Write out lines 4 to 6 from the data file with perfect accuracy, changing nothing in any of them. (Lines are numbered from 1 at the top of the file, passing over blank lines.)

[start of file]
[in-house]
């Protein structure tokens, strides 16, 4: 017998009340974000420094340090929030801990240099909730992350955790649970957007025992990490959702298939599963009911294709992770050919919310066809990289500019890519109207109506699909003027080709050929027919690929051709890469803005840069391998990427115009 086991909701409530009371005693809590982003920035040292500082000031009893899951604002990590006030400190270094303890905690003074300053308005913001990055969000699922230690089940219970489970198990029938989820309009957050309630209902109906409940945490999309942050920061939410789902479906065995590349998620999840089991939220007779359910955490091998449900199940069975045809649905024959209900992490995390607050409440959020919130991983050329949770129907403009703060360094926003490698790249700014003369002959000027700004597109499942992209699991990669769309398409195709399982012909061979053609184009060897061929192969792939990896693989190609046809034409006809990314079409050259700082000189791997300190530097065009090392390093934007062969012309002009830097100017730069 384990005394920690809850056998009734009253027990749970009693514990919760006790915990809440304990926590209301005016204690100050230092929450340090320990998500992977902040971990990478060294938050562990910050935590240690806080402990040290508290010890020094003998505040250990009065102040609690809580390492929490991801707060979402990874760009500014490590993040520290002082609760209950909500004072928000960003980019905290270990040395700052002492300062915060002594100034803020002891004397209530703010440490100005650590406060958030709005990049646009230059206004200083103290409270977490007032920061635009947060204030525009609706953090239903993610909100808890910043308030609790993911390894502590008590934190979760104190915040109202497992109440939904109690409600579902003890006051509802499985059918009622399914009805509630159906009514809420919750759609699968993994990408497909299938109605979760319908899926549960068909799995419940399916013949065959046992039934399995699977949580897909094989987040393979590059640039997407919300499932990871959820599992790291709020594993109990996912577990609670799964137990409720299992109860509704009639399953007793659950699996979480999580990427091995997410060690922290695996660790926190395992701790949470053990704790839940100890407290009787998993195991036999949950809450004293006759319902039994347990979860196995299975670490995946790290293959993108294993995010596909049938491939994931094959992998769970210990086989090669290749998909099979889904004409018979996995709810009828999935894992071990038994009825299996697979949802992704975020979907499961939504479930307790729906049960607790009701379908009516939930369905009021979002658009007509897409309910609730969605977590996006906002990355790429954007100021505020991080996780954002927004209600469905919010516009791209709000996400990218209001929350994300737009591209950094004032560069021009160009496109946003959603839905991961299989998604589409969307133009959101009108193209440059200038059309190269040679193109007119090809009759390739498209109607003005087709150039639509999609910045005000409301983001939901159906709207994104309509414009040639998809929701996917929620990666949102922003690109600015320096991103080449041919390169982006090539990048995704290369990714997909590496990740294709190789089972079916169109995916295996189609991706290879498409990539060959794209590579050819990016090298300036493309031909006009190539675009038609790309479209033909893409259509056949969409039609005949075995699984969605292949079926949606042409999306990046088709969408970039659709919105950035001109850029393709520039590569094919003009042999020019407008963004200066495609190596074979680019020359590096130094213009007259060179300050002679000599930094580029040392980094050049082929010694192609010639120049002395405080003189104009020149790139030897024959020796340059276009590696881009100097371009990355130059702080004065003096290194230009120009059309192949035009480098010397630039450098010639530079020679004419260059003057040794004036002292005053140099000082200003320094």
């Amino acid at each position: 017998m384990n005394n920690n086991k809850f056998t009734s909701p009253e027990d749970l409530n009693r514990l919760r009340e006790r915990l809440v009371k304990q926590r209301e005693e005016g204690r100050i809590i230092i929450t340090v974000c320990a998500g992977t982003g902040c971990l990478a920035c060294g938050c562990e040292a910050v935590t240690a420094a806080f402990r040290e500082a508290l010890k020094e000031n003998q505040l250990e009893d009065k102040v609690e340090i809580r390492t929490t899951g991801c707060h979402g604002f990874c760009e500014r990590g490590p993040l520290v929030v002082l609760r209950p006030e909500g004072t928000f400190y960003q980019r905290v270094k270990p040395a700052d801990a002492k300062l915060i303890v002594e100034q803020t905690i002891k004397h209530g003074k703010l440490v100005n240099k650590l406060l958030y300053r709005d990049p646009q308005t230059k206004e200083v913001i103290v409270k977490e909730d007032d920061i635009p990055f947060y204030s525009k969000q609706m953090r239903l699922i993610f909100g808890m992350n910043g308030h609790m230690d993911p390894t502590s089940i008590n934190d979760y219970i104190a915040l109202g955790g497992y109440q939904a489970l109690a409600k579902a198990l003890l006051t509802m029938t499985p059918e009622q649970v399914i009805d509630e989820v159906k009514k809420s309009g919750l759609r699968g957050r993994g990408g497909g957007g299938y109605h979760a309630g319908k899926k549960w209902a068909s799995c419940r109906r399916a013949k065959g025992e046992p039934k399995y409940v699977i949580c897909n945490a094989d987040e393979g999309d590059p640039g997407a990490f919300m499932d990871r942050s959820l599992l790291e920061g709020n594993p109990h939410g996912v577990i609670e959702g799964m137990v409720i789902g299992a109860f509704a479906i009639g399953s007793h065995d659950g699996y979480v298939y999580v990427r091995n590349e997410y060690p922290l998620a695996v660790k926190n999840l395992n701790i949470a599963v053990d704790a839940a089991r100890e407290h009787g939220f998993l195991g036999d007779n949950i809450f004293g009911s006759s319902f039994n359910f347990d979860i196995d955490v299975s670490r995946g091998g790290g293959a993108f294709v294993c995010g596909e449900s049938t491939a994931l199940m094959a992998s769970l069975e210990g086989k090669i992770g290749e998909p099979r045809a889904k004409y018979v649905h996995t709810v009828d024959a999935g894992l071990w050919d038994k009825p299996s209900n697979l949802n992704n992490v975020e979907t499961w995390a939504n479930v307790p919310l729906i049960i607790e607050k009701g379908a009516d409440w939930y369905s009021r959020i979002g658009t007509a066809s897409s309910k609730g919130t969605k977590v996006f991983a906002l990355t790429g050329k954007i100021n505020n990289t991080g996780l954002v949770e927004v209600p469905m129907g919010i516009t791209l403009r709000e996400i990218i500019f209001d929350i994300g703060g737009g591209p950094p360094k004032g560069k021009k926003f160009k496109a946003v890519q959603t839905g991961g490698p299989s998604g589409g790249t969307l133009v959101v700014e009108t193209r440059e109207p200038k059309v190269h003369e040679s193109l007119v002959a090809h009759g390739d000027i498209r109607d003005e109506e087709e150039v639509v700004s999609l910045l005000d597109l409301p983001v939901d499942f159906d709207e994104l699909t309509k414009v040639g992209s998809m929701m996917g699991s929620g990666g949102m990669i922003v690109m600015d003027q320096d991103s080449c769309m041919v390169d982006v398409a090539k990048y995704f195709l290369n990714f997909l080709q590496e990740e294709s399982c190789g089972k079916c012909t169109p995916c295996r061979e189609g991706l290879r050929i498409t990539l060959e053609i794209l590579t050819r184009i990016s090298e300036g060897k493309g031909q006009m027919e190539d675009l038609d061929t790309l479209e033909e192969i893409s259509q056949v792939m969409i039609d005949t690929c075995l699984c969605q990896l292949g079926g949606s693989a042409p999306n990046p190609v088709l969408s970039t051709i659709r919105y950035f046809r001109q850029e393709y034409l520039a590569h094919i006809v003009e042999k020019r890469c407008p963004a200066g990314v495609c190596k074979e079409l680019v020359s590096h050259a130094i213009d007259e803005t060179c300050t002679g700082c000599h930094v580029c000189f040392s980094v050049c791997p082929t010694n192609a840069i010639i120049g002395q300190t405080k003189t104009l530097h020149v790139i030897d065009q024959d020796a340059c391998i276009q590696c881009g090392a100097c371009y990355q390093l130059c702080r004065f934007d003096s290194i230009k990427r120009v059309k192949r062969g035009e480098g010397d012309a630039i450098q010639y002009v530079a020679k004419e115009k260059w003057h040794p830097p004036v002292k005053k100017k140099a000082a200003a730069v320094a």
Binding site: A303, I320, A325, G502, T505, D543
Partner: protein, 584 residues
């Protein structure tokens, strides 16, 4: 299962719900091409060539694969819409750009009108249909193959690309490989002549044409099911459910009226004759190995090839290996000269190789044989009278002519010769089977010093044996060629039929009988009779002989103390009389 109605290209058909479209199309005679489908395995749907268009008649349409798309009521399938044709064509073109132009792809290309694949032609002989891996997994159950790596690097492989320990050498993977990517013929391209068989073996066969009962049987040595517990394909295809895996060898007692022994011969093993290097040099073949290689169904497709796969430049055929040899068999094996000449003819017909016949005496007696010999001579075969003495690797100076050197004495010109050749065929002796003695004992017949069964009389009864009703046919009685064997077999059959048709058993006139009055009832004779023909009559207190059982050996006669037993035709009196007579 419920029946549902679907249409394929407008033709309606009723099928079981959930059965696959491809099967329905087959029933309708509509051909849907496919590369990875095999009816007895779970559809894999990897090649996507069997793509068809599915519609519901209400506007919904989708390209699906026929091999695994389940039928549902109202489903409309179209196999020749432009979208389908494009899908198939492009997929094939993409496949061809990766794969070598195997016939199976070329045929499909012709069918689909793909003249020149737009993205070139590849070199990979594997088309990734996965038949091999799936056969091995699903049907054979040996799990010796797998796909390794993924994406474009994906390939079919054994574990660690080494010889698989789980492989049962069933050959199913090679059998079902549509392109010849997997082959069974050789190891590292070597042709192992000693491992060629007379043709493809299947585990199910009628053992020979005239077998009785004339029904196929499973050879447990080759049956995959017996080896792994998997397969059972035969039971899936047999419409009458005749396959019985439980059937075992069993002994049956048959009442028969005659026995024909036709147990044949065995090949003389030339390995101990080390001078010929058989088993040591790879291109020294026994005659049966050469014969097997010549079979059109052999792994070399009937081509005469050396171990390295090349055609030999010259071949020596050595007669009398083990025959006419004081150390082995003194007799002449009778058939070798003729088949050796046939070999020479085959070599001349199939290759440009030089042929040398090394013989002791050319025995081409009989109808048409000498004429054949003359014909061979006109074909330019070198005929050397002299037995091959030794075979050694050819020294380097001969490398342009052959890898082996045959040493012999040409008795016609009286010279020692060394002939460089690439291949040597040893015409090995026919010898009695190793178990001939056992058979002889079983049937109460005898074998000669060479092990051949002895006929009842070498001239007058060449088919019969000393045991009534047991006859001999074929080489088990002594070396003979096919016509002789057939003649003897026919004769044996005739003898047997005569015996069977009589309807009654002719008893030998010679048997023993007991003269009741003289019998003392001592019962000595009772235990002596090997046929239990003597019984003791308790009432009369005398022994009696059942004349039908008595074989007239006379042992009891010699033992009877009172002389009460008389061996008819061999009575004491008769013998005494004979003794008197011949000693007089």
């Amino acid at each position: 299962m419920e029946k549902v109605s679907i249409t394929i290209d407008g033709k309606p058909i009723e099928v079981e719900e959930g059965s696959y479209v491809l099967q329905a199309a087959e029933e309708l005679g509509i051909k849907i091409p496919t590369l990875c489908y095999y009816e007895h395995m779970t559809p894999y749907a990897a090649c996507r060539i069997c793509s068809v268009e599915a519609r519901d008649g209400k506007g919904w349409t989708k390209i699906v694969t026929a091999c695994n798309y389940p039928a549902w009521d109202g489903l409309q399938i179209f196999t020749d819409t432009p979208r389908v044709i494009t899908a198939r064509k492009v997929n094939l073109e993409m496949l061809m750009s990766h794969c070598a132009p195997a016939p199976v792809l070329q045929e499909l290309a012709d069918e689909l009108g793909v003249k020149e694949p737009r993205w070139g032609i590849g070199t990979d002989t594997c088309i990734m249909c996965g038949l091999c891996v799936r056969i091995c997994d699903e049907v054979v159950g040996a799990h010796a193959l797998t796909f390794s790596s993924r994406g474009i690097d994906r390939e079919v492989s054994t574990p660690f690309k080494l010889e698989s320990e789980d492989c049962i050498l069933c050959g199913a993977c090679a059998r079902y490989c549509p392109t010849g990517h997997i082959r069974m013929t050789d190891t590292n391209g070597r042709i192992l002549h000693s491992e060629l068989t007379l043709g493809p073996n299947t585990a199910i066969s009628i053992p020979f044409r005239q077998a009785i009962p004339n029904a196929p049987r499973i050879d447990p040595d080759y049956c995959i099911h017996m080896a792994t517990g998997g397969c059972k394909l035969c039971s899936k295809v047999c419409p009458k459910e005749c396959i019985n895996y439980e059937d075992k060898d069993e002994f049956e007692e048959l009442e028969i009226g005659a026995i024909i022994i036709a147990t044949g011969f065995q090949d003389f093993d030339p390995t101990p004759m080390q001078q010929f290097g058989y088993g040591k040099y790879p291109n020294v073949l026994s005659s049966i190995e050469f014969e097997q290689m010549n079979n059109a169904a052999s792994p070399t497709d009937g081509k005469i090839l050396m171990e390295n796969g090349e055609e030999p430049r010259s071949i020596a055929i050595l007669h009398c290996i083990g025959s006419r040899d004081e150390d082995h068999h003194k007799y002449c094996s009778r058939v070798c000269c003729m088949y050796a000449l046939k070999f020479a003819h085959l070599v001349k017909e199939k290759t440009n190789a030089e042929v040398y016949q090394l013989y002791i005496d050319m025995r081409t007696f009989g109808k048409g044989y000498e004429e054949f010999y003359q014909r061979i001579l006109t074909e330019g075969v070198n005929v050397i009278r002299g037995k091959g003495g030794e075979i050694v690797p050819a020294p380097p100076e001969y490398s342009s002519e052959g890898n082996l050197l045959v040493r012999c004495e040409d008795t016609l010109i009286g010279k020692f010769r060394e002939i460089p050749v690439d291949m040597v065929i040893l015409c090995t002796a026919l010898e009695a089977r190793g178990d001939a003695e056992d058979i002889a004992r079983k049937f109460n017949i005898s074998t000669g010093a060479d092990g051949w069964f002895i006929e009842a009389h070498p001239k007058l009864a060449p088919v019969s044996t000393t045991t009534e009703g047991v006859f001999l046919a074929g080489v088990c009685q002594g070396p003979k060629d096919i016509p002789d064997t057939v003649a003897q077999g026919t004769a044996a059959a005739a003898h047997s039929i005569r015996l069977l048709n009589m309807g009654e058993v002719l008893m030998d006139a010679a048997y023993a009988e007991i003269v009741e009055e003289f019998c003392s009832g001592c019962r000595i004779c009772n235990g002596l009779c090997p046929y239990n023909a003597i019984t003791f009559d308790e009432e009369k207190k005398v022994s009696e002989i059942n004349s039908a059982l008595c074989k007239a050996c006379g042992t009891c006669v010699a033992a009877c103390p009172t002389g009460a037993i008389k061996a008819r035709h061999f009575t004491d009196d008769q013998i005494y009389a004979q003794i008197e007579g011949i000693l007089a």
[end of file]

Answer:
Binding site: A303, I320, A325, G502, T505, D543
Partner: protein, 584 residues
């Protein structure tokens, strides 16, 4: 299962719900091409060539694969819409750009009108249909193959690309490989002549044409099911459910009226004759190995090839290996000269190789044989009278002519010769089977010093044996060629039929009988009779002989103390009389 109605290209058909479209199309005679489908395995749907268009008649349409798309009521399938044709064509073109132009792809290309694949032609002989891996997994159950790596690097492989320990050498993977990517013929391209068989073996066969009962049987040595517990394909295809895996060898007692022994011969093993290097040099073949290689169904497709796969430049055929040899068999094996000449003819017909016949005496007696010999001579075969003495690797100076050197004495010109050749065929002796003695004992017949069964009389009864009703046919009685064997077999059959048709058993006139009055009832004779023909009559207190059982050996006669037993035709009196007579 419920029946549902679907249409394929407008033709309606009723099928079981959930059965696959491809099967329905087959029933309708509509051909849907496919590369990875095999009816007895779970559809894999990897090649996507069997793509068809599915519609519901209400506007919904989708390209699906026929091999695994389940039928549902109202489903409309179209196999020749432009979208389908494009899908198939492009997929094939993409496949061809990766794969070598195997016939199976070329045929499909012709069918689909793909003249020149737009993205070139590849070199990979594997088309990734996965038949091999799936056969091995699903049907054979040996799990010796797998796909390794993924994406474009994906390939079919054994574990660690080494010889698989789980492989049962069933050959199913090679059998079902549509392109010849997997082959069974050789190891590292070597042709192992000693491992060629007379043709493809299947585990199910009628053992020979005239077998009785004339029904196929499973050879447990080759049956995959017996080896792994998997397969059972035969039971899936047999419409009458005749396959019985439980059937075992069993002994049956048959009442028969005659026995024909036709147990044949065995090949003389030339390995101990080390001078010929058989088993040591790879291109020294026994005659049966050469014969097997010549079979059109052999792994070399009937081509005469050396171990390295090349055609030999010259071949020596050595007669009398083990025959006419004081150390082995003194007799002449009778058939070798003729088949050796046939070999020479085959070599001349199939290759440009030089042929040398090394013989002791050319025995081409009989109808048409000498004429054949003359014909061979006109074909330019070198005929050397002299037995091959030794075979050694050819020294380097001969490398342009052959890898082996045959040493012999040409008795016609009286010279020692060394002939460089690439291949040597040893015409090995026919010898009695190793178990001939056992058979002889079983049937109460005898074998000669060479092990051949002895006929009842070498001239007058060449088919019969000393045991009534047991006859001999074929080489088990002594070396003979096919016509002789057939003649003897026919004769044996005739003898047997005569015996069977009589309807009654002719008893030998010679048997023993007991003269009741003289019998003392001592019962000595009772235990002596090997046929239990003597019984003791308790009432009369005398022994009696059942004349039908008595074989007239006379042992009891010699033992009877009172002389009460008389061996008819061999009575004491008769013998005494004979003794008197011949000693007089």